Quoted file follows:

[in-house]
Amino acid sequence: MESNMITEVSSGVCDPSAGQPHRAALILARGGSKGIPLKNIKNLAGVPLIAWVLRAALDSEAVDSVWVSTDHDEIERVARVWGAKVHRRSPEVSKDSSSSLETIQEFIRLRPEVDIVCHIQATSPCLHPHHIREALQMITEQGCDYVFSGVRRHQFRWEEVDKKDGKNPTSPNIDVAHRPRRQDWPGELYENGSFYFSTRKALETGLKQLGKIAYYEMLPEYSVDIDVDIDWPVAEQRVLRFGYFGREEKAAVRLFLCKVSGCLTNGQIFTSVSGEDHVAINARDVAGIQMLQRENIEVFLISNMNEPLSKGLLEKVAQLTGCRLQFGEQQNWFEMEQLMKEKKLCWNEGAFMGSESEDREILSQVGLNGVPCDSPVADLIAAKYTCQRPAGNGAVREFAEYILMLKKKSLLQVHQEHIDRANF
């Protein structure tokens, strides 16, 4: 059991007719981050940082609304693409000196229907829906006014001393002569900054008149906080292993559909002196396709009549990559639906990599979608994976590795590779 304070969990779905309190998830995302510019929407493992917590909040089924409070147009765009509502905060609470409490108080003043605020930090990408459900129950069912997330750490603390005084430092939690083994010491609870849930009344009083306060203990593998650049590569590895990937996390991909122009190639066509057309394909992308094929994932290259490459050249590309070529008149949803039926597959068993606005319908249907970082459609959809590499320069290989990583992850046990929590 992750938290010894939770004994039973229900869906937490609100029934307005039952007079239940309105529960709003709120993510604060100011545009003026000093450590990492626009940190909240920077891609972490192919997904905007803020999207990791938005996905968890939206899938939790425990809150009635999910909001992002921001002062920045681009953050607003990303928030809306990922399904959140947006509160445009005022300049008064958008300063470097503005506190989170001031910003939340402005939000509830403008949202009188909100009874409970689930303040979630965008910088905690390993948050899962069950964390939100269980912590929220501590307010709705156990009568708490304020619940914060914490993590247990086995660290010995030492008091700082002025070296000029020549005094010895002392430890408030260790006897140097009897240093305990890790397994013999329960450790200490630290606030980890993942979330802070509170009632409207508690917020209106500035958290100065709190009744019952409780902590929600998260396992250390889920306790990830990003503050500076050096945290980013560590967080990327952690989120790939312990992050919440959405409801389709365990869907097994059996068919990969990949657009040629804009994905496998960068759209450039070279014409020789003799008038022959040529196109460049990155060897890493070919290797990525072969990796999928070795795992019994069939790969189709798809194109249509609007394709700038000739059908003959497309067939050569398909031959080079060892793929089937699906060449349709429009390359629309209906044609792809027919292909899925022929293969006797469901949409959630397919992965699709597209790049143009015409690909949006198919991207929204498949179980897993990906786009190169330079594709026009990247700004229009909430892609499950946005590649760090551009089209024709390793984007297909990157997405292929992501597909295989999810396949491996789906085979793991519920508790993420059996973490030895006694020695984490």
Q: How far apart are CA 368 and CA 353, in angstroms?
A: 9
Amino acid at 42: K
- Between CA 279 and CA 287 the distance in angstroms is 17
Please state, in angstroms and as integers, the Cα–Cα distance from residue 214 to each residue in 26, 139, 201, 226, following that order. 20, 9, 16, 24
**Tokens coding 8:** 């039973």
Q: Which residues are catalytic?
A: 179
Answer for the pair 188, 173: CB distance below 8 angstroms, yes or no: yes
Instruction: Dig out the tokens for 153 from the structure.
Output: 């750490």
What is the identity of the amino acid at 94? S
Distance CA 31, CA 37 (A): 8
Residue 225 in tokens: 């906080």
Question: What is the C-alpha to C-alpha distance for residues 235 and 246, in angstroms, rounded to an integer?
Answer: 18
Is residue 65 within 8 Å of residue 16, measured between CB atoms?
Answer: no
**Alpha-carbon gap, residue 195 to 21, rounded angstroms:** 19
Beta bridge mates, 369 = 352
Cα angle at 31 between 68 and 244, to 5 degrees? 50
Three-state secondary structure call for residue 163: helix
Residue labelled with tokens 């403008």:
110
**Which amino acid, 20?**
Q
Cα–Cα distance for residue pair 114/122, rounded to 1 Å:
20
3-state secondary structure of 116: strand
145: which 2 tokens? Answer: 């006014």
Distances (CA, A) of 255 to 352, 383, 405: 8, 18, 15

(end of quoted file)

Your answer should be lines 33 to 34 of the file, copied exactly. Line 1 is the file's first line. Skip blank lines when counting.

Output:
145: which 2 tokens? Answer: 């006014």
Distances (CA, A) of 255 to 352, 383, 405: 8, 18, 15